Outside her window stands the old paper mill. Between its peeling gray paint and decades of decay from the salt-toothed seaside air, it’s no surprise that the local barber likes to whisper to curious passerbys that it’s possessed by something lonely. Something hungry. Something foul.
Ironic, she thinks.
The Waxen Woman is no stranger to haunts, having been one herself for the last odd year. People die in every kind of building, you know, it’s not just the old ones. With glass eyes, pale skin, and a penchant for faded cotton-blend pajama pants over the more traditional sheet, she begins her morning with a nod to the aging empty building.
The only two other occupants in her apartment are a curly haired man and his dog. Her dog. Her man. They know she’s there, she thinks. Most days, they don’t mind. Do you hear that? Drip drip drip …and the smell of dust, water, and iron. Coffee. For one brief moment, she wakes, stretching sallow limbs out into the world before she sinks back into the shadows to tap-tap-tap on keys both computer and piano. It’s a good afterlife.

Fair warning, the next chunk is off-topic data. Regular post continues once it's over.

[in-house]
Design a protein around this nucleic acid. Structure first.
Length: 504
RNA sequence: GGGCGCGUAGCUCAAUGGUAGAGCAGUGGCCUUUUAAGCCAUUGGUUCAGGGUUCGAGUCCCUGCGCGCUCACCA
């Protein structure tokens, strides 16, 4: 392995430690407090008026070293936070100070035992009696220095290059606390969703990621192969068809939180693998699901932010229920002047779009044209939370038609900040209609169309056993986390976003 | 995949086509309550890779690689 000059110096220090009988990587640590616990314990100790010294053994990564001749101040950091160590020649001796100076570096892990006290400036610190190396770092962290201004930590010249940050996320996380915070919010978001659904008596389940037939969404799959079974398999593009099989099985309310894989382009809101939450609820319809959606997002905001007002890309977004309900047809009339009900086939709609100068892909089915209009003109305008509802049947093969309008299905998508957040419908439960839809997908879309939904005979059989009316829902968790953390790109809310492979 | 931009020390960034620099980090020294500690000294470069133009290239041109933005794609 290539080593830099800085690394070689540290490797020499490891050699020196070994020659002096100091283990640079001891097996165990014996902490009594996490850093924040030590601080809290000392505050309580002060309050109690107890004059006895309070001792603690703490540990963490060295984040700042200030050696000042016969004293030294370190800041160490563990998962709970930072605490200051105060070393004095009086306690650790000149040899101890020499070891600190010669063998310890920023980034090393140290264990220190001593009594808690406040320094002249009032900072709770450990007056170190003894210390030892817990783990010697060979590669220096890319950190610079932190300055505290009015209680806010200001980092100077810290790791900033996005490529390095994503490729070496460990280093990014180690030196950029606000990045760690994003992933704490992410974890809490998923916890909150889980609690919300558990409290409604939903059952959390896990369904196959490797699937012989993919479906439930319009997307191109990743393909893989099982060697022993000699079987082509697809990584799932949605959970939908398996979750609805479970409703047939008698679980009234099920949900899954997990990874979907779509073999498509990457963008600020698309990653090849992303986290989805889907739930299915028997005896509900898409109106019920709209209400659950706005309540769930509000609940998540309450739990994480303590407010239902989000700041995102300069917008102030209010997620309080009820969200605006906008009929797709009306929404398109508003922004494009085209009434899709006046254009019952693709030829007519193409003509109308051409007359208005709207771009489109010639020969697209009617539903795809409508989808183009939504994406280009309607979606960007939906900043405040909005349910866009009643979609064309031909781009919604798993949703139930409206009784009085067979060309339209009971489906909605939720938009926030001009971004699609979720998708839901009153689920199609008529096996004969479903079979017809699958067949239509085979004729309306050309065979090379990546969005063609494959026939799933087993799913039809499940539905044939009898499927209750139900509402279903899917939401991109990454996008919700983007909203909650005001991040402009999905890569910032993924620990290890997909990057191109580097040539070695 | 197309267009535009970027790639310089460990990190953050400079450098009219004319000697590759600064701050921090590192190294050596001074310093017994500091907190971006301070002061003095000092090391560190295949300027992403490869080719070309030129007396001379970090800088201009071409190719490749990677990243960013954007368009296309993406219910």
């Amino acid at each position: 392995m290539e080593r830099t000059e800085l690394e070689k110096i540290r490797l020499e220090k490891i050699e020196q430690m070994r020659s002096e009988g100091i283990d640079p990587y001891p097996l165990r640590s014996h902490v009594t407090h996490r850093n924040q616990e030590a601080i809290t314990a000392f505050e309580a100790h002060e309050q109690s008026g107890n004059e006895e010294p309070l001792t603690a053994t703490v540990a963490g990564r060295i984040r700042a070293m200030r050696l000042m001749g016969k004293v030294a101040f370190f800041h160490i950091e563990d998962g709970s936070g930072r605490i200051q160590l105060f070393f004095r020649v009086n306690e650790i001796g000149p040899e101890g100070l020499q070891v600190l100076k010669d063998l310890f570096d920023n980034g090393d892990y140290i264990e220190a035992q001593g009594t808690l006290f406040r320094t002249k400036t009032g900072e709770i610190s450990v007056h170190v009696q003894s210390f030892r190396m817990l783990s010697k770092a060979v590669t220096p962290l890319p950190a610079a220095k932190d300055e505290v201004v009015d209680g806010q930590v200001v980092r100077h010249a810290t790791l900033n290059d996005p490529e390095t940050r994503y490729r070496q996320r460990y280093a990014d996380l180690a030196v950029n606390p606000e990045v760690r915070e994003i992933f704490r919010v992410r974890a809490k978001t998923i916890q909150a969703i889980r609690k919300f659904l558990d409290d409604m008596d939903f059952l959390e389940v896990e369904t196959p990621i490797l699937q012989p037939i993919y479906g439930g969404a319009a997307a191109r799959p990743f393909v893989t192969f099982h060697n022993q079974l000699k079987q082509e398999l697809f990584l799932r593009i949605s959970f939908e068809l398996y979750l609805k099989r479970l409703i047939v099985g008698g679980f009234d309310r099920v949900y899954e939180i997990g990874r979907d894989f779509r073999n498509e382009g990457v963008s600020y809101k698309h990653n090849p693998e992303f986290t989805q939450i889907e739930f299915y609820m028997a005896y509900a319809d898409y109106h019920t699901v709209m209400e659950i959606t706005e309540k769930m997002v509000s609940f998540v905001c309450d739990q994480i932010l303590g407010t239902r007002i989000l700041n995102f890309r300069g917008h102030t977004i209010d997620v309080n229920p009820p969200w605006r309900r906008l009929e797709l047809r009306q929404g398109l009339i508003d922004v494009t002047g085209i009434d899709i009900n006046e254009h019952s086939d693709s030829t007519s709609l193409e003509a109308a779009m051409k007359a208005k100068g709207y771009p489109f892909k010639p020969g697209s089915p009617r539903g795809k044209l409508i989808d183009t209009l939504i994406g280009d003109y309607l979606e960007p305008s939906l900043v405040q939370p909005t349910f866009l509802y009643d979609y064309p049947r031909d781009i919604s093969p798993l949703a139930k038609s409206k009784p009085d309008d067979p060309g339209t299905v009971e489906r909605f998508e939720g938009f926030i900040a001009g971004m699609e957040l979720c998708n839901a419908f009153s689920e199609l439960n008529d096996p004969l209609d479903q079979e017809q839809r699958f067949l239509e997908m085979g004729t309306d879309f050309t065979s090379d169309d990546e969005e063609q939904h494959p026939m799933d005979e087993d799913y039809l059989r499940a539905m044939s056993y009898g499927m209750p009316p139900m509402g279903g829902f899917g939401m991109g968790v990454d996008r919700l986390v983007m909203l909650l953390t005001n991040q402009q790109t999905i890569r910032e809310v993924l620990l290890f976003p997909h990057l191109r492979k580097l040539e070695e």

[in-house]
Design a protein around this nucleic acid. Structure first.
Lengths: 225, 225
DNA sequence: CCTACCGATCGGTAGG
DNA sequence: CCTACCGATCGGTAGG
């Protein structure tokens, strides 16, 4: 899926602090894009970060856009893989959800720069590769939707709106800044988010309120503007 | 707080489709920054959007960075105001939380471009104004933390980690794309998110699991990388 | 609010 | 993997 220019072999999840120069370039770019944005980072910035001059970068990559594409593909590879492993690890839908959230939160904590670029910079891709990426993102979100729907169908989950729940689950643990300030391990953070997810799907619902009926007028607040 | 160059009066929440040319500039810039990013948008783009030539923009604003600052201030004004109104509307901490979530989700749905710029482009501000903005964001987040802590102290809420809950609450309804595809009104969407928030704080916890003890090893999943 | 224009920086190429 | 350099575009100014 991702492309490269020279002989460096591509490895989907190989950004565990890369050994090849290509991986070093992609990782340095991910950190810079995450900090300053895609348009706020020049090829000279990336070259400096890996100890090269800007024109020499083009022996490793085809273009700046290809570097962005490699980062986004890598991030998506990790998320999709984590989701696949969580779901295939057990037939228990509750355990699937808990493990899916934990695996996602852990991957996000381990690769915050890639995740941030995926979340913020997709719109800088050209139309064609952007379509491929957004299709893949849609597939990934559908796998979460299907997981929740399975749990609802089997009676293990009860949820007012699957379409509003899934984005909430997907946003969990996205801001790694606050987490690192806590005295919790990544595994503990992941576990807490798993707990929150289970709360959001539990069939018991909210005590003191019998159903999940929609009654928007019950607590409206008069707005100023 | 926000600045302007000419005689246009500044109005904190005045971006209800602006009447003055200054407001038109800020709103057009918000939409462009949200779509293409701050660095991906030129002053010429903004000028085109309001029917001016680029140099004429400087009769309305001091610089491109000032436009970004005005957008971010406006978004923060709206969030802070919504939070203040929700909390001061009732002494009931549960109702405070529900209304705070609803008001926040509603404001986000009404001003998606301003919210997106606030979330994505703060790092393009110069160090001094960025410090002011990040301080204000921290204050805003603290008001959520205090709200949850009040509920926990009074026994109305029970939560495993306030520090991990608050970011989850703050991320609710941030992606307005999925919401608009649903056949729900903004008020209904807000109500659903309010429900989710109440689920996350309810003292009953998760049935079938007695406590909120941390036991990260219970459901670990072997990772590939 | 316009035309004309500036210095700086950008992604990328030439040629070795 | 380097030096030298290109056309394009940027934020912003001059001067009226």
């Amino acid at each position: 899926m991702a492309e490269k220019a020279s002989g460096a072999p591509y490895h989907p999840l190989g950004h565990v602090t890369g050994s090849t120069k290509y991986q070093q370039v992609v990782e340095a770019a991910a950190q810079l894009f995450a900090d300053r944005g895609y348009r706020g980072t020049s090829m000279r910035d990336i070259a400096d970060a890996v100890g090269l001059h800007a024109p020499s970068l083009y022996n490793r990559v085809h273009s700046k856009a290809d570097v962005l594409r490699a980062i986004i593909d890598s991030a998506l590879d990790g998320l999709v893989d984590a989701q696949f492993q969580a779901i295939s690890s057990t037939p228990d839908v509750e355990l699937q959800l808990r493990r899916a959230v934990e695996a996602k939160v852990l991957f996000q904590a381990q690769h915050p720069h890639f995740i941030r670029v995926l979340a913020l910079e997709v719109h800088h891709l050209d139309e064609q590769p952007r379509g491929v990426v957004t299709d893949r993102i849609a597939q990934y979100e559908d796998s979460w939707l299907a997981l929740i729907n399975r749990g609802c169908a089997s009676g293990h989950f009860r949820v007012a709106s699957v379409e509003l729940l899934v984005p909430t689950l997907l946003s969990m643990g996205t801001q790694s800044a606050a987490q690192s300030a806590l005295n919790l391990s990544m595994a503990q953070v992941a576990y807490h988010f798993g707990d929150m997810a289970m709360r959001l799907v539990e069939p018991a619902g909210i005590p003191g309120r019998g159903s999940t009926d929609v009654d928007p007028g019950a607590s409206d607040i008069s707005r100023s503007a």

You see, most ghosts are not so dramatic after all.